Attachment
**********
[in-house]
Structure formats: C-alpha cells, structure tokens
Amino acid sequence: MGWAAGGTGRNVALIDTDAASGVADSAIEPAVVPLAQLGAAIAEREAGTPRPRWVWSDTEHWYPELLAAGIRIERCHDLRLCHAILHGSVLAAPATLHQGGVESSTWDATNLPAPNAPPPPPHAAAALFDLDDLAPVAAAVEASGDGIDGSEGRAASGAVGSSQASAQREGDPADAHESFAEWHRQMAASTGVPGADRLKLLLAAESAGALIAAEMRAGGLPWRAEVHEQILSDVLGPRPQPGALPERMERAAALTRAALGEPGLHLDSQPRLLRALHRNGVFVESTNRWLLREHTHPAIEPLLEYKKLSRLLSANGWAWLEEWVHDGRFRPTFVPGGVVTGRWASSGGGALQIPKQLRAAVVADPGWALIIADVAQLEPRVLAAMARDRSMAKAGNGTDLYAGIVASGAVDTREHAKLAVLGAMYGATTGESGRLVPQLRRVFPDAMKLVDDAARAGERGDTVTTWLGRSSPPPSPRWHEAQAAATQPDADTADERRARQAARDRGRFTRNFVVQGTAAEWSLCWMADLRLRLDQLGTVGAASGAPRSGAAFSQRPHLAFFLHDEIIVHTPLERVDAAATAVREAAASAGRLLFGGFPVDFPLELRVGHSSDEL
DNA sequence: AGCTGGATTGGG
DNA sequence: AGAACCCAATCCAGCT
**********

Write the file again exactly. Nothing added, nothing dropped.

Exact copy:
[in-house]
Structure formats: C-alpha cells, structure tokens
Amino acid sequence: MGWAAGGTGRNVALIDTDAASGVADSAIEPAVVPLAQLGAAIAEREAGTPRPRWVWSDTEHWYPELLAAGIRIERCHDLRLCHAILHGSVLAAPATLHQGGVESSTWDATNLPAPNAPPPPPHAAAALFDLDDLAPVAAAVEASGDGIDGSEGRAASGAVGSSQASAQREGDPADAHESFAEWHRQMAASTGVPGADRLKLLLAAESAGALIAAEMRAGGLPWRAEVHEQILSDVLGPRPQPGALPERMERAAALTRAALGEPGLHLDSQPRLLRALHRNGVFVESTNRWLLREHTHPAIEPLLEYKKLSRLLSANGWAWLEEWVHDGRFRPTFVPGGVVTGRWASSGGGALQIPKQLRAAVVADPGWALIIADVAQLEPRVLAAMARDRSMAKAGNGTDLYAGIVASGAVDTREHAKLAVLGAMYGATTGESGRLVPQLRRVFPDAMKLVDDAARAGERGDTVTTWLGRSSPPPSPRWHEAQAAATQPDADTADERRARQAARDRGRFTRNFVVQGTAAEWSLCWMADLRLRLDQLGTVGAASGAPRSGAAFSQRPHLAFFLHDEIIVHTPLERVDAAATAVREAAASAGRLLFGGFPVDFPLELRVGHSSDEL
DNA sequence: AGCTGGATTGGG
DNA sequence: AGAACCCAATCCAGCT